Wednesday, April 29, 2015


Getting ready to move. Downsizing time. Condo living is going to be a big, big adjustment for us. The perks? No more need for snow shovels, lawnmower, garden tools and such. The downside? I'll get back to you on that--some time this fall.

I'm reminded how much technologies have changed since I became interested in photography, for instance, back in the '70s. I've gone through about 10,000 slides, paring down from three or four big boxes to about 500 slides. I'm not sure what drove me to take all those pictures of trees and churches and waterfalls; my criterion for keeping/discarding has become this: if it doesn't have a recognizable face on it, is over or underexposed, is poorly composed, I must have had landfill in mind when I took it. 

Anyone want to buy a 35mm slide projector or a mint condition Super 8 movie projector, cheap?

George Carlin's routine called “Stuff” is not only one of his funniest sketches, but really brings home what we're going through as we begin to sell, box, discard, destroy most of our “stuff.” If you've never seen it, click here and then consider that if you haven't yet gone through the agony of down-stuffing, trust me, you will. 

Take the library we've accumulated over the years. What motivated us to buy books, read them, and then put them on a shelf. A dictionary maybe, but a novel? Who reads novels twice? 

In Saskatchewan these days, every public library is one library. Any book you want can be ordered on line in a few minutes and picked up at your local library toot sweet. Oh we say things like, “Well I just love the look and the feel of a book; I can't read from a screen!” But if feeling and looking at a book is where it's at, you really need only one book, one that looks and feels (maybe even smells) really, really good. 

Unfortunately we have book shelves our brother made for us. They're really quite lovely with their glass doors. We're giving away or recycling most of our books but we've decided to pick out some that have really attractive spines, place them tastefully on the shelves, set them off with whatever brick-a-brac stuff we haven't thrown away and . . . and postpone one bit of down-stuffing for yet another time.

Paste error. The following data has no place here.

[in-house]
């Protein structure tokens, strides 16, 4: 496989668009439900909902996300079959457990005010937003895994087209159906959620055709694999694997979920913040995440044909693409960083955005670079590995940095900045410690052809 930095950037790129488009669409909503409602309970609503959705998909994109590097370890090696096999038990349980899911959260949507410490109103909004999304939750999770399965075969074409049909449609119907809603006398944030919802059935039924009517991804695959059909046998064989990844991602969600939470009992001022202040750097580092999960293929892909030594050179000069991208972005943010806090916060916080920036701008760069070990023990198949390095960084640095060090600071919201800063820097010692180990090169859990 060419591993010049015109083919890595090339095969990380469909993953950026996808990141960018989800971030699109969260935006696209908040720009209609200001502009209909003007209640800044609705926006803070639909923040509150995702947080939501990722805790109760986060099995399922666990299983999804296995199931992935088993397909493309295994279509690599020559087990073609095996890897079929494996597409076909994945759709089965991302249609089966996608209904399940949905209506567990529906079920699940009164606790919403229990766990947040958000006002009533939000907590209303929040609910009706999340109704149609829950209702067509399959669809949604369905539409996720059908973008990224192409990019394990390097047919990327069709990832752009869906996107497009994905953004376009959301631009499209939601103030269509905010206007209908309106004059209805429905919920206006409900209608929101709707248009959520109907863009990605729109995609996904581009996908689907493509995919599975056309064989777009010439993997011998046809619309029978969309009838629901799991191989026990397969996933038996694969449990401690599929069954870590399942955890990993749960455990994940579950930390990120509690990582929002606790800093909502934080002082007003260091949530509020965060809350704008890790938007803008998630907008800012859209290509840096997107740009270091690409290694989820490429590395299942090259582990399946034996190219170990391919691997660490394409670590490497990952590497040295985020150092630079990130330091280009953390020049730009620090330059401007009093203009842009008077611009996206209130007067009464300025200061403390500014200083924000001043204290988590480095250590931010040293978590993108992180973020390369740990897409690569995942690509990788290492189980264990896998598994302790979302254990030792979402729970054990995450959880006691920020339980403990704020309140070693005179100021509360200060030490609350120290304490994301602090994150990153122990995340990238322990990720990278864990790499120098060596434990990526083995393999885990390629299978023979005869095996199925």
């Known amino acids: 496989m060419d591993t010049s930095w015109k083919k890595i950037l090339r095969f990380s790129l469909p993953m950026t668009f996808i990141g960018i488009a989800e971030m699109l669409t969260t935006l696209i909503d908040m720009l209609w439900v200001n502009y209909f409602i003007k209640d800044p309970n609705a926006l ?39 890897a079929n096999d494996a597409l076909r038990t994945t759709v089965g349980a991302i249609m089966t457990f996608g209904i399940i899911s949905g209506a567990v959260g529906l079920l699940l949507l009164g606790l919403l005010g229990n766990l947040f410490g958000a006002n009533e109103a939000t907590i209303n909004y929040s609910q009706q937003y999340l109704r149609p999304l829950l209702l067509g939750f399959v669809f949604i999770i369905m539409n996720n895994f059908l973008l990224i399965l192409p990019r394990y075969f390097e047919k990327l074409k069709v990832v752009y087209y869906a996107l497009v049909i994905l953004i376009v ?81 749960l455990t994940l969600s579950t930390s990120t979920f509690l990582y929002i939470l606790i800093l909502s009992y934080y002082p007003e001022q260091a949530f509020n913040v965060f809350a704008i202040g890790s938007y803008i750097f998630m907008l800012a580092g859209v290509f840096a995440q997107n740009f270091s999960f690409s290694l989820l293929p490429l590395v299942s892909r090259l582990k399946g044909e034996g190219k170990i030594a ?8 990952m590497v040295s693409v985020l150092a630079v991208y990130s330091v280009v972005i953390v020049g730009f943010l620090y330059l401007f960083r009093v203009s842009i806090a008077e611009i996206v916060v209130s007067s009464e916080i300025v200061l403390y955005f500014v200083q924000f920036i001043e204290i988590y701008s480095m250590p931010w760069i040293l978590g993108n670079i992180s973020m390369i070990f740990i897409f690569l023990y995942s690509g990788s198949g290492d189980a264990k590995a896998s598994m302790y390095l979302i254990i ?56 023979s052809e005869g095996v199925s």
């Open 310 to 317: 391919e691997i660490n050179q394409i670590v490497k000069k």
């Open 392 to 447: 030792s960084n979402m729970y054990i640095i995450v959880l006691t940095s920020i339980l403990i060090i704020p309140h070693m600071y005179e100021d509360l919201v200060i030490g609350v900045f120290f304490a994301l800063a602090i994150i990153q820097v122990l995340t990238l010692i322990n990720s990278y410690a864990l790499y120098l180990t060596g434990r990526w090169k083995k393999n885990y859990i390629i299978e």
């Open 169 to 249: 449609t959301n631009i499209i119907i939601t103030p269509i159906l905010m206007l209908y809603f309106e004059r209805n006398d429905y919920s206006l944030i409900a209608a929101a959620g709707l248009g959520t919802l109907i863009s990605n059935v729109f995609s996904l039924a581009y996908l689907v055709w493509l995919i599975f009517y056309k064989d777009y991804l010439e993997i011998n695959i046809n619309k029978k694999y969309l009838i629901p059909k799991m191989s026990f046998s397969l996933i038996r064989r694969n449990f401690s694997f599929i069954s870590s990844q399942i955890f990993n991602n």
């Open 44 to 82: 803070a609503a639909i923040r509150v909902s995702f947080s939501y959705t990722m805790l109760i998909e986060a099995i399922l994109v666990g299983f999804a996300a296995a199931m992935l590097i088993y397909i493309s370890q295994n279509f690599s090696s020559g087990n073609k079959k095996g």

Dealing with disposal of stuff is a real headache. Fortunately, we have a spunky local gal who maintains a buy/sell Facebook page and this has really worked for us. The local nursing home came by today to pick up the electric fireplace we may have used five times since we got it five years ago. (That averages out to once per year.) My snow blower has found a home with an RCMP corporal in Saskatoon.

But then the temptation to put on a garage sale rears its ugly head. So here's a packet of 7- #8, 1½ inch screws. Put them on the for-sale table? Chuck them in the garbage? So many decisions; so little motivation!

But having stuff, I mean, really good stuff has always been so comforting. Windowsills full of plant pots, shelves and shelves of books and knickknacks, ten comfortable places to sit for two people, techy stuff that makes short work of any problem, outfits of clothes for every occasion, garden gnomes and ornaments, cars and vans and pickup trucks and on and on.

Here's a rule of thumb made clearer while down-stuffing: whatever you paid for a given piece of stuff will lose 75% of its monetary value when you take it out of the bag, drive it off the lot, see the Purolater truck stopping at your door.

Tempted back to the shopping channel or Amazon? Do watch Carlin before you buy any more stuff.

Tuesday, April 28, 2015

An appeal to be generous to the people of Nepal

Photo taken from World Vision website

The pictures from Nepal are horrifying; if you haven't seen them, watch the news tonight. CBC has a photo crew in Kathmandu, a place that's become extremely difficult to get in and out of. After you've seen them, imagine what it would be like to be in that vulnerable city, those vulnerable villages along the line where the European tectonic plate meets the Asian. 

We're told the movement beneath people's feet measured a full meter, so imagine yourself on one of those moving sidewalks in an airport, where someone turns on, then reverses the direction every second for a full minute. Buildings made of stone and un-reinforced concrete can't survive such motion and all around you are the excruciating rumble of stone and concrete collapsing and the screaming of parents and the wailing of children pouring into the streets.